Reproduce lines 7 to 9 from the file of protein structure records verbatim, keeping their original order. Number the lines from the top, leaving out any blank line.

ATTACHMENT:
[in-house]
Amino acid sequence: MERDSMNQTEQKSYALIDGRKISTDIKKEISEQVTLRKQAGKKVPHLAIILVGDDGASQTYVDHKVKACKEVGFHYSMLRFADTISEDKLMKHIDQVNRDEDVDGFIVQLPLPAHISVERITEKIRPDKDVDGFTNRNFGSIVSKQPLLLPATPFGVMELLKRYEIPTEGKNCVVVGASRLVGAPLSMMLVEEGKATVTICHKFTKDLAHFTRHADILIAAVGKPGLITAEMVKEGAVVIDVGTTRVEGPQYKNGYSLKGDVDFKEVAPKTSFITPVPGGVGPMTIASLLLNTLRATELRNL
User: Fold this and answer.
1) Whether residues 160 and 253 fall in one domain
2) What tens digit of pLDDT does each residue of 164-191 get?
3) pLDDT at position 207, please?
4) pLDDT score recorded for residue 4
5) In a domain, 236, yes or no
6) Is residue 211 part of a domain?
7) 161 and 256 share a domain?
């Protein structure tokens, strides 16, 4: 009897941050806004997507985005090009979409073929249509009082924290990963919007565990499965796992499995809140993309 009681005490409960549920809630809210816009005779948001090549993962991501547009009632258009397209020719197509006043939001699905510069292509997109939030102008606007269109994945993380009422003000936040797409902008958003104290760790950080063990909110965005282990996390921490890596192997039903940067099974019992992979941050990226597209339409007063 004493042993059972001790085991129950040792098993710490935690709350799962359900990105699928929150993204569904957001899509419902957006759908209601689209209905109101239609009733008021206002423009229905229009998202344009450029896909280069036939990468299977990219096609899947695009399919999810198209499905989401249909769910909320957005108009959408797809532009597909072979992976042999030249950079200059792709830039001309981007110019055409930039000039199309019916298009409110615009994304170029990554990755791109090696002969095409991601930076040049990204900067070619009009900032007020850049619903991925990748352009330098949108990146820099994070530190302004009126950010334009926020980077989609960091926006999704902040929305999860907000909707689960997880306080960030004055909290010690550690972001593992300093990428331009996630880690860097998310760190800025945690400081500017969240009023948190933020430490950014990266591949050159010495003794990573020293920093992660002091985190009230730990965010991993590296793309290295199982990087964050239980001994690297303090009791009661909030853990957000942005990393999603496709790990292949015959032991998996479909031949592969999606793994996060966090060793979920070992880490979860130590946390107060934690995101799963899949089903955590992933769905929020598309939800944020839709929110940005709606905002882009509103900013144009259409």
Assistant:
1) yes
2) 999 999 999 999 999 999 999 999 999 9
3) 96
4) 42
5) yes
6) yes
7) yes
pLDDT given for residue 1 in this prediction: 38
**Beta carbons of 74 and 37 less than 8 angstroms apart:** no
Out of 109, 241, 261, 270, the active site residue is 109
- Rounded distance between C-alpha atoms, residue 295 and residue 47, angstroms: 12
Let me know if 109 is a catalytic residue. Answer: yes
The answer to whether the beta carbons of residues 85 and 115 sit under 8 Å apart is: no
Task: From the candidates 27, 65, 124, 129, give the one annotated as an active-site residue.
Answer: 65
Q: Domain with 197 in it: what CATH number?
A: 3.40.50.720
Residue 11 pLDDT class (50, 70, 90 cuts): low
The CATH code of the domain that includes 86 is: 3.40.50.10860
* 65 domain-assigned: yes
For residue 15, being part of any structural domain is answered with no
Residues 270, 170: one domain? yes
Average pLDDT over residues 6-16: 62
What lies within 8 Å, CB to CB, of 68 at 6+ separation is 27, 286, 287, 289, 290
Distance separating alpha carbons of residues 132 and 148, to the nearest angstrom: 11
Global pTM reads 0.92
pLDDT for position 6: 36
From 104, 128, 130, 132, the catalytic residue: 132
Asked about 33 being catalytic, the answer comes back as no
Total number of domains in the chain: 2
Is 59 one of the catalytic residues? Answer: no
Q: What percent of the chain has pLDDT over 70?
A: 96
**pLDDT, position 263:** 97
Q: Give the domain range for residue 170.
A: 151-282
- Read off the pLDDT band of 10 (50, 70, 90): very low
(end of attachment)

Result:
4) pLDDT score recorded for residue 4
5) In a domain, 236, yes or no
6) Is residue 211 part of a domain?